• If your child struggles with their weight, try not to focus on “dieting.” This can create an unhealthy relationship with food and create poor body image that they might carry with them for the rest of their lives. Instead, focus other benefits of eating well such as getting stronger, performing better in school and overall health. Also, rather than pointing out all of the foods they shouldn’t eat, highlight healthy options.
  • Empower your children. Let them navigate the food label and determine in a food is a healthy option or not. Teach them to choose foods with less than 6 grams of sugar per serving and teach them what a true serving size is.
  • Create a challenge. There are over 50 different names for sugar. Challenge your children to “spot the hidden sugar” on ingredient lists. See if they can be detectives.
  • Cut back on store-bought condiments such as dressings and sauces, which often have added sugars. Instead, choose salsa, dressings made with Dijon mustard, olive oil and vinegar or make homemade sauces using avocado or Greek yogurt as a base.

Call to Action

It starts in the home.

It starts with you.

You have the opportunity to put your child on a healthy path or put them at risk for chronic disease. I know that handing them a fruit snack or soda to appease them in the grocery store might seem like an innocent act. However, it’s not so innocent when it becomes the norm.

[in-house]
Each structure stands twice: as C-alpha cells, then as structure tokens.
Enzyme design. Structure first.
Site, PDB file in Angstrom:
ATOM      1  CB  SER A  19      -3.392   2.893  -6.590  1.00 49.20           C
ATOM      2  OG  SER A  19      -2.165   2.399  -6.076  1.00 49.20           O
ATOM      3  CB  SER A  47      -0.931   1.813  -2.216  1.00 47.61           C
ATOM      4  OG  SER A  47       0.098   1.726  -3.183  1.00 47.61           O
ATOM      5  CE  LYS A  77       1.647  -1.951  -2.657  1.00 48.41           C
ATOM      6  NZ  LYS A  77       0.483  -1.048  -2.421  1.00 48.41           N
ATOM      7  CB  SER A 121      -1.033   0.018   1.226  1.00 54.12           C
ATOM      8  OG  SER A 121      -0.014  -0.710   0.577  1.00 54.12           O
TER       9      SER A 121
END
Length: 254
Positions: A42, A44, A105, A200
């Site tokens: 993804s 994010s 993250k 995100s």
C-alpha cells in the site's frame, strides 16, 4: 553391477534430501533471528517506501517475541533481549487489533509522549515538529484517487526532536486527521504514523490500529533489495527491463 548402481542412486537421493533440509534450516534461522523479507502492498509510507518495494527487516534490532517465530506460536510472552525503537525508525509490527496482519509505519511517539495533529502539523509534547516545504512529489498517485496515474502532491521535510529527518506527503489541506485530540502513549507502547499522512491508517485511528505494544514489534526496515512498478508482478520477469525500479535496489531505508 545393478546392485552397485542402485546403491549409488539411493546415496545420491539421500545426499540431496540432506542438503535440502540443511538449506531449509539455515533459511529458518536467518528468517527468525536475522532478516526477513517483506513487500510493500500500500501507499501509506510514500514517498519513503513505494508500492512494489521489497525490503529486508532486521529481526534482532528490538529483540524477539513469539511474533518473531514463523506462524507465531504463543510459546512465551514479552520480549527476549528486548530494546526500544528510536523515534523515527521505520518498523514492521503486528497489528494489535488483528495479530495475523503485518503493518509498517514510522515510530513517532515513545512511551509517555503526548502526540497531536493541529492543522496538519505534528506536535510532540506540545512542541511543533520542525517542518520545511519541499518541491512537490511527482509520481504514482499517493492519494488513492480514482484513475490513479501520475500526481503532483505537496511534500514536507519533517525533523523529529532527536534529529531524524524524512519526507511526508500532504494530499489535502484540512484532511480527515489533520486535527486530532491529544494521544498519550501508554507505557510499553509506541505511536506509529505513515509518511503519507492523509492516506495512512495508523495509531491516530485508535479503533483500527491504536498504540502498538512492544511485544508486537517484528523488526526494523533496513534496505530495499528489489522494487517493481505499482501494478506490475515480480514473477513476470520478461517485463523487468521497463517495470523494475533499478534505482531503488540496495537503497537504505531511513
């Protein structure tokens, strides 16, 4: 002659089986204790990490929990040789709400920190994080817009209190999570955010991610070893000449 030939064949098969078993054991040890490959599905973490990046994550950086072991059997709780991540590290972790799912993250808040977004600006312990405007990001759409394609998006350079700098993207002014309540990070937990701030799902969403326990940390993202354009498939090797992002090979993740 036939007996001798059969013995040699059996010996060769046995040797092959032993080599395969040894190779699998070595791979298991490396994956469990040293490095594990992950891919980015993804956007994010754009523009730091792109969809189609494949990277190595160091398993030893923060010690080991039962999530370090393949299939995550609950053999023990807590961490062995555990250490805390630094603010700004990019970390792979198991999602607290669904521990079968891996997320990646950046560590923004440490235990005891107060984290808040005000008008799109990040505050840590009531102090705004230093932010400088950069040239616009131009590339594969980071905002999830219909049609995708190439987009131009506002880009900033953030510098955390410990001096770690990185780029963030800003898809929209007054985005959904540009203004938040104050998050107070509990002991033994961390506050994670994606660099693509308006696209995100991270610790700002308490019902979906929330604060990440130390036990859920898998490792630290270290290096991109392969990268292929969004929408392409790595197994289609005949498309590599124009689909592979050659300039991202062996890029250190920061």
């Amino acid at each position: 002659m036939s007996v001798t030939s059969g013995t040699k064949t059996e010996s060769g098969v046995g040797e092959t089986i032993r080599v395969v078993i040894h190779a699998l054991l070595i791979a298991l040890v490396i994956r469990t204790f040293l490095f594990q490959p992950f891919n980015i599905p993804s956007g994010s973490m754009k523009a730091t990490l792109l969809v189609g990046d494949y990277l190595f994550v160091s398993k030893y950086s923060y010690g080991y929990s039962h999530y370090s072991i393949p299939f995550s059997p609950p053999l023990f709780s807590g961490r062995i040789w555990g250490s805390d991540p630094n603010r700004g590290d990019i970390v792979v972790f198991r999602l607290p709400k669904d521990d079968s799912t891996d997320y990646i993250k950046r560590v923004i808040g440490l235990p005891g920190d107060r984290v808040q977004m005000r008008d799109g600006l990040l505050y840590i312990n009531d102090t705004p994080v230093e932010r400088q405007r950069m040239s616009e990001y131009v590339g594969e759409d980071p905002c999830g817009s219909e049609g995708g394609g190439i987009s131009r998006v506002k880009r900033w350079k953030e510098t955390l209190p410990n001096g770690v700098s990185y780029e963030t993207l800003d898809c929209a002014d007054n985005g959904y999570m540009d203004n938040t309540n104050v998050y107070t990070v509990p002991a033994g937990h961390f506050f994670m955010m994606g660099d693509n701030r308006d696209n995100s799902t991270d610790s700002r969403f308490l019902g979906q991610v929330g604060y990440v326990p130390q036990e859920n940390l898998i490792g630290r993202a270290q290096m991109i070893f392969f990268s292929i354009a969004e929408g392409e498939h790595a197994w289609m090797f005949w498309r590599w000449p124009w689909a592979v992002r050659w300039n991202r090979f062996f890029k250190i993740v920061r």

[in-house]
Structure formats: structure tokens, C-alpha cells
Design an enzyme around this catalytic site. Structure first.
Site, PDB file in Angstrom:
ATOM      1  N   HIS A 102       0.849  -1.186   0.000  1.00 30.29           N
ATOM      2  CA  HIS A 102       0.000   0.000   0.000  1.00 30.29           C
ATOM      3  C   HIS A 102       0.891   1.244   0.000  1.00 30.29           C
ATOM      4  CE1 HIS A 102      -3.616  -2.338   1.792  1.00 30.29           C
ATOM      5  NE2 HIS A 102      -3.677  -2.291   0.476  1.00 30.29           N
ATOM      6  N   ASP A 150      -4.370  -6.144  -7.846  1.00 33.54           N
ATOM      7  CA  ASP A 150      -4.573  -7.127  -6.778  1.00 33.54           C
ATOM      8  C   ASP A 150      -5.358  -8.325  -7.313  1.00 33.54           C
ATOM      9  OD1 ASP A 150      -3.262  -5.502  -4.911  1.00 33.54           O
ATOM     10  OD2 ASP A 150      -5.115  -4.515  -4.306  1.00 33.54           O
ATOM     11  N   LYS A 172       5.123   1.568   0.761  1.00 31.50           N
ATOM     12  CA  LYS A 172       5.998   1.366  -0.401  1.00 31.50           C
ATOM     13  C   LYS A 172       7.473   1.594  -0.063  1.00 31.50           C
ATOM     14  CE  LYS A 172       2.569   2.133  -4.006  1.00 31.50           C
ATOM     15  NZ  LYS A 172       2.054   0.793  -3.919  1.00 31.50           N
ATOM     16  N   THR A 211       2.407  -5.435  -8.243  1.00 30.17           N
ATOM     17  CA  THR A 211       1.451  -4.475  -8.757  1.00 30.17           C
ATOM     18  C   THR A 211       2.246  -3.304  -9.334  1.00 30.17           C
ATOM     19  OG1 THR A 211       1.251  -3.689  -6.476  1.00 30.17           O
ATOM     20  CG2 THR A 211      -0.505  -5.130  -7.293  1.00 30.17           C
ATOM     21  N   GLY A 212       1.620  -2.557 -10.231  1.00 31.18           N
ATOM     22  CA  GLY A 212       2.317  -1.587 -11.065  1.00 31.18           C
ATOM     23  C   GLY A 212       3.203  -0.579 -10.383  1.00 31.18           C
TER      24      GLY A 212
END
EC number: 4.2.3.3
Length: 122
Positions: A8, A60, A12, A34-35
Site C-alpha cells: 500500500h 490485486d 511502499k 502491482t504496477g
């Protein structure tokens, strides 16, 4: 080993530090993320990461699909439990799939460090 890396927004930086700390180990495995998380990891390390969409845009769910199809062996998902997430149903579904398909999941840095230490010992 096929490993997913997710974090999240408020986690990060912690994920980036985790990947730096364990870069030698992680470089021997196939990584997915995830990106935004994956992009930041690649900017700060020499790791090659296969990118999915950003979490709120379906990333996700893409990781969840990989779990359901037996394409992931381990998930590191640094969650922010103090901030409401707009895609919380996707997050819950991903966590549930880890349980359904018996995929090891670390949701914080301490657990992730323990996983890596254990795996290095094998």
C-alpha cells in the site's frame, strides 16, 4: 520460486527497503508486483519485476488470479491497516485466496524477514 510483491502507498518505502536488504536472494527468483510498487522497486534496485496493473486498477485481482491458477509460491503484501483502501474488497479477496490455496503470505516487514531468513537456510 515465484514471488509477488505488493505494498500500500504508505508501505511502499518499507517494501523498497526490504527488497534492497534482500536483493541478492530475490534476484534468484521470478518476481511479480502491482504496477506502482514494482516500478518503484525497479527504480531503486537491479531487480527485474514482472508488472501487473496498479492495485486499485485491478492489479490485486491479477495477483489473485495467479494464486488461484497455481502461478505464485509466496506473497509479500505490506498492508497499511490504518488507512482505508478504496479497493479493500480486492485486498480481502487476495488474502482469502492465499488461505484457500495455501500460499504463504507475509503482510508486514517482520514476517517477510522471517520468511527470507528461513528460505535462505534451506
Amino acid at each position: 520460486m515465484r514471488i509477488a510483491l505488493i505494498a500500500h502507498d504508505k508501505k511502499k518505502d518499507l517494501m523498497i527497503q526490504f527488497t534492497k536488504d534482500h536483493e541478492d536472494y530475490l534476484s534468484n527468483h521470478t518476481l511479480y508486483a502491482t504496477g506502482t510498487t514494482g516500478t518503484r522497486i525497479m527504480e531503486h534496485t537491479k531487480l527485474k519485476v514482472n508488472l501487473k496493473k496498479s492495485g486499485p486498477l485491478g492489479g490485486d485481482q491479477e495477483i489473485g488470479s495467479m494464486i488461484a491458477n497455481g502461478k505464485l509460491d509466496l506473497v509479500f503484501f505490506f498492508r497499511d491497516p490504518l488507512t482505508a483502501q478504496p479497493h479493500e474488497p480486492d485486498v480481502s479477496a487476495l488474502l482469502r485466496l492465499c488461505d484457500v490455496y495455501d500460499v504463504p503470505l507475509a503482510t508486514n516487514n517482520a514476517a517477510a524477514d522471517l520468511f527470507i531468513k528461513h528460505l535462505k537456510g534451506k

Your health matters too! As a family, make the choice to become educated about sources of hidden sugar. Make label reading a habit. Even better, greatly reduce your consumption of foods that have a label. Whole, real foods (fruit, vegetables, cheese, beans, whole grains, meat, fish, poultry, eggs, nuts, seeds, avocados, etc) provide nutrients that support health. Choose to eat for health!

Resources:

https://www.choosemyplate.gov/what-are-added-sugars

http://digitalscholarship.unlv.edu/cgi/viewcontent.cgi?article=1016&context=njph

http://www.med.umich.edu/yourchild/topics/tv.htm

http://www.superkidsnutrition.com/revealed-alarming-facts-teens-sugar-intake/

http://www.todaysdietitian.com/news/051214_news.shtml

Danielle Sikorski

About Danielle Sikorski

Danielle is a Registered Dietitian Nutritionist and Personal Trainer residing in Anchorage, Alaska. She received her B.S. in Nutrition, Dietetics and Foods Science from California State University at Northridge. As an athlete, Danielle was initially drawn to Nutrition because she desired to learn how to best fuel her body for optimal performance. However, after becoming a Dietitian, her focus has broadened. After a Lyme and autoimmune disease diagnosis, she has learned the role that food can play in healing the body. She now works with clients with a variety of goals ranging from sports performance, Food Intolerance, Autoimmue, to Weight loss. ******In her spare time she loves running to clear her mind and also enjoys cooking with her husband. ---------------EDUCATION & CERTIFICATIONS: • B.S. in Nutrition, Dietetics, and Food Science • Internship at University Medical Center in Las Vegas, NV specializing in Medical Nutrition Therapy in the ICU, Pediatric ICU, Cancer Center, Cardiovascular Disease and Diabetes Education • Internship at W.I.C. specializing in pre and post-natal Nutrition • RD, RDN by the Academy of Nutrition and Dietetics